We hope you find this recap useful and we look forward to working with members in 2022 to ensure that Minnesota is a competitive place for retailers to do business.
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Take the latest Federal reserve business conditions survey in partnership with MnRA now
From the Federal Reserve Bank of Minneapolis, July 19, 2021

The Federal Reserve Bank of Minneapolis is tracking the economic recovery among businesses across the Ninth District, a region that includes Minnesota, the Dakotas, Montana, parts of Wisconsin, and Michigan's Upper Peninsula. We are partnering with state and local chambers of commerce, economic development associations, and other business groups in each state to collect your feedback.
 
Please take this 5-minute survey to help the Minneapolis Fed and President Neel Kashkari better understand effects on your firm. We’ve also shortened and streamlined this survey so that you can offer feedback more quickly. With other business voices from across the Ninth District, your input will help the Federal Reserve System shape monetary policy to help businesses thrive. If you get this survey from multiple sources, please respond to the survey only once.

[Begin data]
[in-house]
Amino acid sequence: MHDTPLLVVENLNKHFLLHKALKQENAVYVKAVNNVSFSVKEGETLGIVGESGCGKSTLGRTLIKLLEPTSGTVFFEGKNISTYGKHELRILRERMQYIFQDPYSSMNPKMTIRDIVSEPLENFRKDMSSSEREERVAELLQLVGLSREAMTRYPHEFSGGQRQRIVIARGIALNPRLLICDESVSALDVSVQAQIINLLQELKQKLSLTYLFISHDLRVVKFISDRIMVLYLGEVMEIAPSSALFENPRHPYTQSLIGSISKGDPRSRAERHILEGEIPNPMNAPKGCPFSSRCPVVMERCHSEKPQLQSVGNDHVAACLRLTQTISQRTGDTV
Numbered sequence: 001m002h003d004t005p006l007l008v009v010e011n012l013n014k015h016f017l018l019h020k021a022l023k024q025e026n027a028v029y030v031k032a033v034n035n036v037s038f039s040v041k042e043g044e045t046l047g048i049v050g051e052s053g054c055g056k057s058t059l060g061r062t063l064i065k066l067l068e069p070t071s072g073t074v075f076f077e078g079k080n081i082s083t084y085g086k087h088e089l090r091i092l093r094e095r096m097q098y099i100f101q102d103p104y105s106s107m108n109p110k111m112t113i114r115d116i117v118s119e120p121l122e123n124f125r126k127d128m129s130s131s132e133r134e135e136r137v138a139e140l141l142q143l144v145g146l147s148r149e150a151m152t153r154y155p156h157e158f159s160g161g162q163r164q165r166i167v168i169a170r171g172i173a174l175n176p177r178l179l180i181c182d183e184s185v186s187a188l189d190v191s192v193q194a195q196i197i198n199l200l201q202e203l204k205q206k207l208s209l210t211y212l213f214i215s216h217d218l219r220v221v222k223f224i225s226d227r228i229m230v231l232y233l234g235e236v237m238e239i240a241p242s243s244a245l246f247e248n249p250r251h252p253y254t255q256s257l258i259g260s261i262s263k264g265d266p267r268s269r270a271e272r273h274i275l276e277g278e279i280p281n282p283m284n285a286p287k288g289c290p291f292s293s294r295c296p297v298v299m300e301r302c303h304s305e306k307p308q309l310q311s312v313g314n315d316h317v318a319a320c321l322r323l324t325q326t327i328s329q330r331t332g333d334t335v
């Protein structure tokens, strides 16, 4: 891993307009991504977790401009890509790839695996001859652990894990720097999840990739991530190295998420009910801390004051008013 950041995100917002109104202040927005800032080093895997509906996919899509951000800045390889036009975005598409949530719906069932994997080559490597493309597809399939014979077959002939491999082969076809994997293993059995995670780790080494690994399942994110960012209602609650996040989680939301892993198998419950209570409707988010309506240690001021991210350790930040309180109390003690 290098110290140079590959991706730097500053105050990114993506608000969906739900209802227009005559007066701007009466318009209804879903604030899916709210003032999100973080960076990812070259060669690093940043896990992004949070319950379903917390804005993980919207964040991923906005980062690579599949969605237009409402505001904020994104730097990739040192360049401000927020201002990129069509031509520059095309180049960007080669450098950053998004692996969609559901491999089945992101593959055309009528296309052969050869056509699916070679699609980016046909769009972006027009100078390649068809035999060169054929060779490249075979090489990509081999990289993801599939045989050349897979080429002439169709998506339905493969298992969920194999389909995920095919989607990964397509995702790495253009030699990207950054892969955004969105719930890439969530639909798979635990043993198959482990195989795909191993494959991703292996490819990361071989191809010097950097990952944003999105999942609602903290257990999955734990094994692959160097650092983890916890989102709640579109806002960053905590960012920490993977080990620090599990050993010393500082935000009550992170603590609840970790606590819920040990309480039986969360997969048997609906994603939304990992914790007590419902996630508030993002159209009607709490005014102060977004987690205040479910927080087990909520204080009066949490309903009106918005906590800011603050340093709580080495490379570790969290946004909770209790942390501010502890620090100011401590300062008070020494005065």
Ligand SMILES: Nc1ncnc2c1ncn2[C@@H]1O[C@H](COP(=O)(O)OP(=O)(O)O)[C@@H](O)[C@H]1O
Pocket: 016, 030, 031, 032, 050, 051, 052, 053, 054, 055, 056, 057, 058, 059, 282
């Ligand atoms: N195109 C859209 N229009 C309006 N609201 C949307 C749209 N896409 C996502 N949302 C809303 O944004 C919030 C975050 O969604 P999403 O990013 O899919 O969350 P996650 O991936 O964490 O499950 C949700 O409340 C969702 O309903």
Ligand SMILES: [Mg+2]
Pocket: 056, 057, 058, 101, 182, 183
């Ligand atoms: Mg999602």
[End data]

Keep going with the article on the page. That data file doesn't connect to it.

All responses are anonymous. We expect to share data and respondent comments to better spotlight challenges facing all businesses. To maintain anonymity, please do not include any self-identifying information in any comments. We will also share findings in a timely fashion with partnering organizations (that sent you this survey) so that survey results can be shared with you as well.
2021 brings back-to-class shopping to record levels
From the National Retail Federation, July 19, 2021

Consumers plan to spend record amounts for both school and college supplies as families and students plan to return to in-person classrooms this fall, according to the annual survey released today by the National Retail Federation and Prosper Insights & Analytics.

“The pandemic forced parents and their school-aged children to quickly adapt to virtual learning, and they did it with an incredible amount of resolve and flexibility,” NRF President and CEO Matthew Shay said. “We enter the new school year with plans to return to the classroom and retailers are prepared to help Americans find and purchase whatever they need to make this transition as seamless as possible.”